Summit Combined Housing Authority continues to grow affordable housing efforts |

Summit Combined Housing Authority continues to grow affordable housing efforts

SCHA executive director Jennifer Kermode fields a phone call at her office on Tuesday, Oct. 6.
Greg Ellison / |

Affordable housing is generally an individual challenge, but at least one person is championing the cause countywide.

Jennifer Kermode, executive director of the Summit Combined Housing Authority, said the future for Summit County is continued population growth.

“We are past the point of, ‘Do we want to be rural or are we going to escalate?’” she said.

A native of Golden, she spent nearly three decades as a mortgage broker, principally in Summit, but also for a decade in Orange County, California.

She has fond memories of recreating in the area as a youth.

“Summit was our playground when I was growing up,” she said. “Keystone had just opened up when I was in high school.”

In 2003, she relocated to Summit from Lakewood. She said numerous motor-home trips seeking a dose of the Rockies were the impetus for moving.

Within a year Kermode became involved with the community and joined Leadership Summit, Our Future Summit and the Breckenridge Rotary Mountain Club.

In 2006, she served as campaign treasurer for the 5A Tax Initiative. Due to TABOR requirements, voters approval was needed to pass a countywide sales tax and impact fee of 0.125 percent devoted to affordable housing causes.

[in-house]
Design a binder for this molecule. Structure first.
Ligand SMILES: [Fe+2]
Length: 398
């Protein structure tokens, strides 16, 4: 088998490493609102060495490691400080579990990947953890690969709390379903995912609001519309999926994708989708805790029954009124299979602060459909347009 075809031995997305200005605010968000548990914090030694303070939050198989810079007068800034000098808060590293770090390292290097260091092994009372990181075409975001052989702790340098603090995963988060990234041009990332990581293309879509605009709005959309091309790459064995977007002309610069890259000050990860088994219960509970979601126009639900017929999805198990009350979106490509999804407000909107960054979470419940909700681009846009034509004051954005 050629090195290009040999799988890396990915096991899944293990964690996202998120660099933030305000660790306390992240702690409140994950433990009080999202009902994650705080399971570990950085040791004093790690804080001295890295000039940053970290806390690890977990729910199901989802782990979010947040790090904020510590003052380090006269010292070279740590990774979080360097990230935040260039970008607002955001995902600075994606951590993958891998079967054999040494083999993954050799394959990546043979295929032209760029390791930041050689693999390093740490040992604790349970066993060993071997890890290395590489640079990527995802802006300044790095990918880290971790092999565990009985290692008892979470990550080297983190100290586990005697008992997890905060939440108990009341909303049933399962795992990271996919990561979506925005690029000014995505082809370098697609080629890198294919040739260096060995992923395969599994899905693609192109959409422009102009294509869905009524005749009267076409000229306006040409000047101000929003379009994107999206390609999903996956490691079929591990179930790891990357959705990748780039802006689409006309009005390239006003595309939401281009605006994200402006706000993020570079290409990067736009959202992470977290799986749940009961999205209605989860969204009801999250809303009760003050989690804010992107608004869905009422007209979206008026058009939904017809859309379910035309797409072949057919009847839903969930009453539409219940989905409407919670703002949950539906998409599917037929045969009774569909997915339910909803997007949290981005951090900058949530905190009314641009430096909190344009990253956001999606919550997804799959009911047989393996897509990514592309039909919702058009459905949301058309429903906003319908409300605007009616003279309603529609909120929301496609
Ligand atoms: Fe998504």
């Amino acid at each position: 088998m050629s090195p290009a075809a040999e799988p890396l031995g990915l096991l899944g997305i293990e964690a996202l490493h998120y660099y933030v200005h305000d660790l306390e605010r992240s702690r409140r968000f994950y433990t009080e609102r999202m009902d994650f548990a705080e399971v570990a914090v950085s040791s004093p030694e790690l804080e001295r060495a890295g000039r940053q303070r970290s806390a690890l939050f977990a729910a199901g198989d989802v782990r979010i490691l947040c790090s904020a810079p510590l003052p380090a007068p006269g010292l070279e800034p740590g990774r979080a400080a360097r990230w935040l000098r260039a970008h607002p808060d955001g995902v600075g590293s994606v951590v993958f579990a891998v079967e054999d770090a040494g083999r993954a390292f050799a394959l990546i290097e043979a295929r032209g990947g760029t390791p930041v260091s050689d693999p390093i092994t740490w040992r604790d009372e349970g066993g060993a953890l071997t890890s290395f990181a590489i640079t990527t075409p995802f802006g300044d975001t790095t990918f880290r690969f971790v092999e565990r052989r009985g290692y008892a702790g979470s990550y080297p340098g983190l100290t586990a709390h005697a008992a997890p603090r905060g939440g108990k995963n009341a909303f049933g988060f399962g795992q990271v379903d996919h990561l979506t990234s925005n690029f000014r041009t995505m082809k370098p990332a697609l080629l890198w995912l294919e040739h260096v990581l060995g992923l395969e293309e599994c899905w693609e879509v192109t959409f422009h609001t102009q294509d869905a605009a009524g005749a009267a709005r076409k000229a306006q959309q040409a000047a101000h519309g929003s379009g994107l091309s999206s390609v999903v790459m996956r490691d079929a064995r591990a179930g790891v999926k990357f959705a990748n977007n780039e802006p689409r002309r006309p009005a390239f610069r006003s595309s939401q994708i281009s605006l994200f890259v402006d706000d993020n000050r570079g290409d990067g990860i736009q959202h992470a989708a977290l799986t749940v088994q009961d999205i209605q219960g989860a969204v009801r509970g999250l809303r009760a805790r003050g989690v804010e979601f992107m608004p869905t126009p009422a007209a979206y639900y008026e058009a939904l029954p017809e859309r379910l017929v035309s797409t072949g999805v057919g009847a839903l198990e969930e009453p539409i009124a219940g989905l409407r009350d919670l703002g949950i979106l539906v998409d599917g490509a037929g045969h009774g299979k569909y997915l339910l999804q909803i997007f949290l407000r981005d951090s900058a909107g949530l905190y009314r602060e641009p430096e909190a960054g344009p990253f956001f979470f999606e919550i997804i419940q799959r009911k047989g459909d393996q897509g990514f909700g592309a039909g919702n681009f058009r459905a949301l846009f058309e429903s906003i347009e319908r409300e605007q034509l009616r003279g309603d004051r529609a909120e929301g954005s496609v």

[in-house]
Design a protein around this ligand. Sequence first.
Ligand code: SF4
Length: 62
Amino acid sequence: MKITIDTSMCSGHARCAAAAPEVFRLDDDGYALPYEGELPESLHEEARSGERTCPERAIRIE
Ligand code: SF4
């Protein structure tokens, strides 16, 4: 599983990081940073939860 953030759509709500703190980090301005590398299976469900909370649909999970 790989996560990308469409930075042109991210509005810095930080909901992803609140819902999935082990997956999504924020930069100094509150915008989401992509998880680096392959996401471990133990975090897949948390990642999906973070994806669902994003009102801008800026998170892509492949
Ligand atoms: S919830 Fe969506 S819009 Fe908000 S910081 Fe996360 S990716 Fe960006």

“I became aware of the discrepancy between wages and housing costs,” she said.

As part of the 5A process, the Summit Combined Housing Authority was formed to represent the entire county.

“Each town has a seat on the board,” she said.

The SCHA gives each town the flexibility to tweak projects to suit its needs, Kermode explained.

In 2008, Summit County worked on identifying land parcels in unincorporated sections of the county that might be ideal for affordable housing. In the space of two months, 21 public meetings were held on the subject.

“The rooms were packed with people I went to church with saying, ‘I don’t want these people here,’” she said. “They thought it would look like the projects in Chicago and be filled with ski bums.”

Despite the initial hesitancy, she said the conversation had begun.

“I think that was the first time people started asking, ‘Where do these people live?” she said.

The timing was less than ideal, as an economic downturn was rocking the U.S.

“The first year or two of the recession, developers wanted nothing to do with affordable housing,” she said.

After analyzing the situation, she said the town of Breckenridge decided that a recession was the best time to build affordable housing.

In 2011, the Valley Brook neighborhood, consisting of 41 deed-restricted townhomes, was completed. The project focused on bringing economic stimulus to the area, with 97 percent local labor and contractors.

“Suddenly, it became a hot topic to be in the affordable housing world,” she joked.

After Peak One was developed in Frisco, Kermode said a trend was started.

“We’ve seen a variety of partnerships both public and private,” she explained.

During her time with the SCHA, the group has assisted over 2,000 people, and over 300 businesses have benefitted from services offered by the SCHA.

“We have just over 900 workforce housing units in the county that we monitor to make sure they are conforming to their intended use,” she said.

While acknowledging the SCHA has been able to grow affordable housing programs to reach more of the community, Kermode realizes the road ahead is fraught with challenges.

“I’m worried the disparities going to get worse,” she said. “I’m also concerned about the quality of life for the seasonal employees.”

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